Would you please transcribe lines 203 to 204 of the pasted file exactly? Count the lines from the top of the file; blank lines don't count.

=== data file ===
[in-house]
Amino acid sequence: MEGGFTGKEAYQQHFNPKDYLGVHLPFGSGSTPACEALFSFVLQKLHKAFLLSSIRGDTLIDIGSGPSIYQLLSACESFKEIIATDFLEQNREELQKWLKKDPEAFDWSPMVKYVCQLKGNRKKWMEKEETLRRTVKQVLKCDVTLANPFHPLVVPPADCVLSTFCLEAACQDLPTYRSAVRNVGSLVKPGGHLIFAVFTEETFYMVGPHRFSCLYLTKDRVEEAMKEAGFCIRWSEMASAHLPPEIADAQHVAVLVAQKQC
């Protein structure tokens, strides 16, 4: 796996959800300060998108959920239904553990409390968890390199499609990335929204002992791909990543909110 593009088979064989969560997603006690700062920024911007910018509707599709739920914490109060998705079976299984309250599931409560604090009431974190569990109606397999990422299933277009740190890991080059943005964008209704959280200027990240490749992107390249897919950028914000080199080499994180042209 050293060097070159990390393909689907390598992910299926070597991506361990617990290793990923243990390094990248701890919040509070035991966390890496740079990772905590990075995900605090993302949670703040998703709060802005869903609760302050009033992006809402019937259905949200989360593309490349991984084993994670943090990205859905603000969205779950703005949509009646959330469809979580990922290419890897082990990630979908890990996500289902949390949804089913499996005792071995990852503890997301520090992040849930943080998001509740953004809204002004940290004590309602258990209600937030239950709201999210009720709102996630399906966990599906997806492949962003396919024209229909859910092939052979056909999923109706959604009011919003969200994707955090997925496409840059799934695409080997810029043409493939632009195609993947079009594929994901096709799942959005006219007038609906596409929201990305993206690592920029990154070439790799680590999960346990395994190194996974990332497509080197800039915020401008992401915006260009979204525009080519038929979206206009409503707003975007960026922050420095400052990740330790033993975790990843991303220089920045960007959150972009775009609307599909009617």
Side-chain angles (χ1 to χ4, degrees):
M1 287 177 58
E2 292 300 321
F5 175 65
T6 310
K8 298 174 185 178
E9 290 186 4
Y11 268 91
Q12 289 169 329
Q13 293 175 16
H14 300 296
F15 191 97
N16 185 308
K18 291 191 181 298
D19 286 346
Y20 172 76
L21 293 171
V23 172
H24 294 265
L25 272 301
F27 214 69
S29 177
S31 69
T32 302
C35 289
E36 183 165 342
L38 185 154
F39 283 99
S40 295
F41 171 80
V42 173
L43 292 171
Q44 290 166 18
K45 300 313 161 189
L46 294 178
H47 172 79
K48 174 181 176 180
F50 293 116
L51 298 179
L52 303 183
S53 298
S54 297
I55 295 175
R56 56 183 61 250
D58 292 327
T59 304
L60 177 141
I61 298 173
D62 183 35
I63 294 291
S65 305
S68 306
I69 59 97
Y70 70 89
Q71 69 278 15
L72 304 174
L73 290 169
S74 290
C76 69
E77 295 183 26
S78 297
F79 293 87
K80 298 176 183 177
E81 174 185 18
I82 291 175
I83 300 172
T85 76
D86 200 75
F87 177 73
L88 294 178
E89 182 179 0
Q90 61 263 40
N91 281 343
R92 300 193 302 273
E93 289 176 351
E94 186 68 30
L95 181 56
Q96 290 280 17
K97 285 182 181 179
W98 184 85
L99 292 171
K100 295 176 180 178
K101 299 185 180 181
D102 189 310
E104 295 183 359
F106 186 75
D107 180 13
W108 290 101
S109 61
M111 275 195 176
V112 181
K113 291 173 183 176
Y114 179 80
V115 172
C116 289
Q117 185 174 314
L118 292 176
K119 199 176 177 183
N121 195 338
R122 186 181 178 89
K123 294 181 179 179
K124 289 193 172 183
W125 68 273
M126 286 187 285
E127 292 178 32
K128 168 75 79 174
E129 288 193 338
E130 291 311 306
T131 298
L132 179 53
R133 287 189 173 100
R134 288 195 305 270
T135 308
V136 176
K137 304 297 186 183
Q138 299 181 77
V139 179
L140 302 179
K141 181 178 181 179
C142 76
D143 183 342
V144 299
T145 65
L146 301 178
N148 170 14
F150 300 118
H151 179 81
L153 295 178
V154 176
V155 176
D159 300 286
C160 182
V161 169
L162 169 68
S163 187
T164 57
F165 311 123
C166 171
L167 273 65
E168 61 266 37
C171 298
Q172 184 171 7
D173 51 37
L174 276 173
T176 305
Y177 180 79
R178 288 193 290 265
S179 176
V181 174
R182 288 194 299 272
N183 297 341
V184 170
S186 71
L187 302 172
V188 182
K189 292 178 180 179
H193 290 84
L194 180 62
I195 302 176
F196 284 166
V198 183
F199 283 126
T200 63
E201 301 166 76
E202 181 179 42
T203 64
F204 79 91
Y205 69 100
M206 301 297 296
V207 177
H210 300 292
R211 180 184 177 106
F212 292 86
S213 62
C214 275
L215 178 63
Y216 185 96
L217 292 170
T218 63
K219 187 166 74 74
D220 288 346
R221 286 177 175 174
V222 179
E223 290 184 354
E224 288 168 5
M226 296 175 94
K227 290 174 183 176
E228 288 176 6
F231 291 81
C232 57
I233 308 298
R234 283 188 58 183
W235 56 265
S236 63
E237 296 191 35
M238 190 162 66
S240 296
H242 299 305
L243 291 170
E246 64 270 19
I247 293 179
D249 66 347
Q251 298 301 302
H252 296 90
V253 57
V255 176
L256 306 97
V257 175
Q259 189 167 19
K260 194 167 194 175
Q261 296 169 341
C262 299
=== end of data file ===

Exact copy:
E246 64 270 19
I247 293 179